The other day I was looking at a box that once contained beer. Printed on the outside was an invocation to enjoy your ‘Corona Bucket List’ which probably involved drinking the Mexican brew somewhere exotic. I’m unlikely to do that but it did get me thinking about the phenomenon of bucket lists.
The jury is out on when the term was coined but the general consensus is that it was, indeed, first used and popularised by the 2007 film of the same name. A list of things you want to do before you ‘kick the bucket’ is the premise. But what does the presence, or not, of a bucket list mean?
So, what are bucket lists for? Do they keep us moving forward? Perhaps they give structure to our planning. Do they guide decisions or provide topics for conversation? Are they a list of things to look forward to, something to hope for, or chronicles of exciting dreams? Are they a focus for financial saving or a great source of birthday present ideas? Are they inspiration for joyfully using up the inheritance money, a final, delightful fling? Do they serve to keep us young? And can a strongly-held and un-completed bucket list lead to disappointment in the world, oneself, resources available?
Are goals and bucket list items the same thing? I’m not convinced they are. Goals, perhaps, grow out of existing pursuits. Bucket list items, perhaps, are more discrete – certainly the image of a catalogue of one-off experience is the classic version.
I don’t think I have a bucket list. I used to have things I wanted to do – run a marathon (definitely missed my moment of enthusiasm there), walk the Camino de Santiago (not quite so keen now), go back to New Zealand or the UK (not, much to my very good fortune, new experiences). I haven’t got a hankering to jump out of a plane or try rock-climbing – although I don’t want to suggest that a bucket list needs to be a litany of adventure activities. Far from it. Maybe my bucket list consists of reaching a ripe, old age before I die!
A bucket list. What’s on yours? What are the steps you need to take to cross some of those off? Or maybe your direction and progress comes from other drivers. Interesting thinking.
One thought on “Bucket lists”
my answer is: IDK
and also, I’m still even beginning to discuss how to summarize the immensity of list and lists in my life: to myself ~ I’m not even one bit lucid to bring such thoughts into focus, let alone figure out how to express,
but back to the question, and my i don’t know anser …
that’s the classic reply on high school papers, IDK, from students in existential crisis at the very thought of future, of finite, but I dont think I’m in that state ~ I’m just confused about the whole “before I die bucket list” idea. Seems everything from my first breathe to now, would be the crossed off already things? And, then what’s happening right now must be on the list whether I put it there consciously or not, and then, well, it get’s muddled by the endless possibilities and I find myself disconnected, aloof, not really even understanding properly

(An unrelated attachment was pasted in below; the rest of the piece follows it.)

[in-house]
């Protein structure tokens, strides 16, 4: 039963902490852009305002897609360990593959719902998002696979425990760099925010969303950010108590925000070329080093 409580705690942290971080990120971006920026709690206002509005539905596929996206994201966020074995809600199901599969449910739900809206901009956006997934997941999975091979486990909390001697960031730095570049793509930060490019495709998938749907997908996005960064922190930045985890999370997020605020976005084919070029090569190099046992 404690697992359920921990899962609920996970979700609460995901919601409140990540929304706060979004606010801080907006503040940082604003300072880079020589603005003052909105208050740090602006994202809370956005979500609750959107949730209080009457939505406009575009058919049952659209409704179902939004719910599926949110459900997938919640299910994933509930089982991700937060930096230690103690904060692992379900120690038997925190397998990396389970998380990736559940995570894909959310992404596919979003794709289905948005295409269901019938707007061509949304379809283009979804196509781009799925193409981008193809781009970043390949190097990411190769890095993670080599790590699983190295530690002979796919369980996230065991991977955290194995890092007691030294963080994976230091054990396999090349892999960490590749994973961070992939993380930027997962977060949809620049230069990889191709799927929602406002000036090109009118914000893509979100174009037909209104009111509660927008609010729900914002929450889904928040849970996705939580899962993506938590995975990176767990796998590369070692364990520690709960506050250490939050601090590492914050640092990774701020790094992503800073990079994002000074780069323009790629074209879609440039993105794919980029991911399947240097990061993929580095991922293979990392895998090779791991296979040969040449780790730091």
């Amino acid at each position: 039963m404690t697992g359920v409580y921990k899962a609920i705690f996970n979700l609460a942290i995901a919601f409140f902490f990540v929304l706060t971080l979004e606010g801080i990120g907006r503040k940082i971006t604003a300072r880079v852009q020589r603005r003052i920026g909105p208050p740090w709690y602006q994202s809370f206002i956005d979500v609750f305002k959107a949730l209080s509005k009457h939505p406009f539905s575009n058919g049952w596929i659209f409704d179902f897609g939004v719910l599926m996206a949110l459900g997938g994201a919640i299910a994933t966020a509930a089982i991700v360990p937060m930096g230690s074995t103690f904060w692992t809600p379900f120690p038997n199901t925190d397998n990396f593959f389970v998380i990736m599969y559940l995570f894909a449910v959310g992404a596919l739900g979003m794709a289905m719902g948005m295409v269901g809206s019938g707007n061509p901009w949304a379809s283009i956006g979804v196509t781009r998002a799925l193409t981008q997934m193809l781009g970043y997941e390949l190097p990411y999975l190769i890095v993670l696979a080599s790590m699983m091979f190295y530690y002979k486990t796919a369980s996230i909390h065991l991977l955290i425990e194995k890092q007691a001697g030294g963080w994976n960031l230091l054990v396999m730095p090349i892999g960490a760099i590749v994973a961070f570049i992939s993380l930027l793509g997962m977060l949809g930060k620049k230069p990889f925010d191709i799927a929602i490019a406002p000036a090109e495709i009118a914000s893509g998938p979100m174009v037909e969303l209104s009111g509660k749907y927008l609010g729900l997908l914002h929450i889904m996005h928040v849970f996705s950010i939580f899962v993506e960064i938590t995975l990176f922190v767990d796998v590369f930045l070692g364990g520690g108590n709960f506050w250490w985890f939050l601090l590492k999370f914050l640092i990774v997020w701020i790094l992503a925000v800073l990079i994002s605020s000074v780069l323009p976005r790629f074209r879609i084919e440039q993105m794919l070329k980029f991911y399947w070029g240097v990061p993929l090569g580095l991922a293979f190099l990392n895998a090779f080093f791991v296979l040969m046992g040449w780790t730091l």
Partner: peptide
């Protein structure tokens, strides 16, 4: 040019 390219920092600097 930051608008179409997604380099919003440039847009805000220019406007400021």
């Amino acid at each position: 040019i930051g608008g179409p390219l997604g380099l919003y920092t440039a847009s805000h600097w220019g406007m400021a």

what I do know is this: at one low point in my little life, one of my grown kids asked me how old do I PLAN to live to be, at least, at minimum? Now that seems a more intriguing questions to begin to answer, in literal and metaphorical metrics, and it’s one I’m far more content to chip away at:
I quickly ascertained that most people, if asked, after their initial bluster, seem to pick a numerical figure based on their parents or grandparents, or closest next of kin, who most recently deceased & simply go with their age then, plus or minus a few years. The pattern, in answers, emerges quite rapidly and simply: if those a fore mentioned people died “a good quick death” then add a few years for good measure, if not, if they lingered in some state of unfortunate-ness, in a purgatory-on-earth like fashion, then simply deduct some years and call that good. Interesting but that usual method to figure it out is just not me, so,
well, just for the record, I’m choosing neither method, I’m currently going with somewhere in the range of 137 – 154 years ~ and don’t even pretend you’re not curious about my rationale
so, I wonder onward and think about thinking about why my thinking is so darn averse to buckets and lists, even thought I’ve plenty of both, with and without holes, and it may well burn down to the binary choice simplification of it all: on the list, off the list, done, not done, doable, not doable, which is a common cultural premise of answering most anything, which seems not just lazy and inept at best, but such a gross over simplification of things that it’s delusional: then, then I think, eeek, maybe these are thoughts a little uneasy to share because, well, bucket lists so seem to be a thing
but then again, not fitting with the thing that’s the thing, seems to be a considerable portion of this thing I am
and that’s ok, and it has been kinda fun to waffle out an answer to the questions with not a care about the clock, or what’s for dinner, or if the car registration will be paid online, covid-style, in time not to expire, or if the sunflower’s petals outside are drying up enough to drop off, as the seeds develop and swell so much that the head was drooping the whole stem down, just now before I came inside, reminding me of the precarious balance and gravity of absolutely everything, including to pause, to remember to ask you, did you know Kirsten, that your questions are such an essence of your writing, and they are really rather fantastic, an art unto itself?
so maybe there is one thing in common on our theoretical bucket list, and that’s figuring out how good questions come into being, without getting hung up on the word “good”, and with loving the process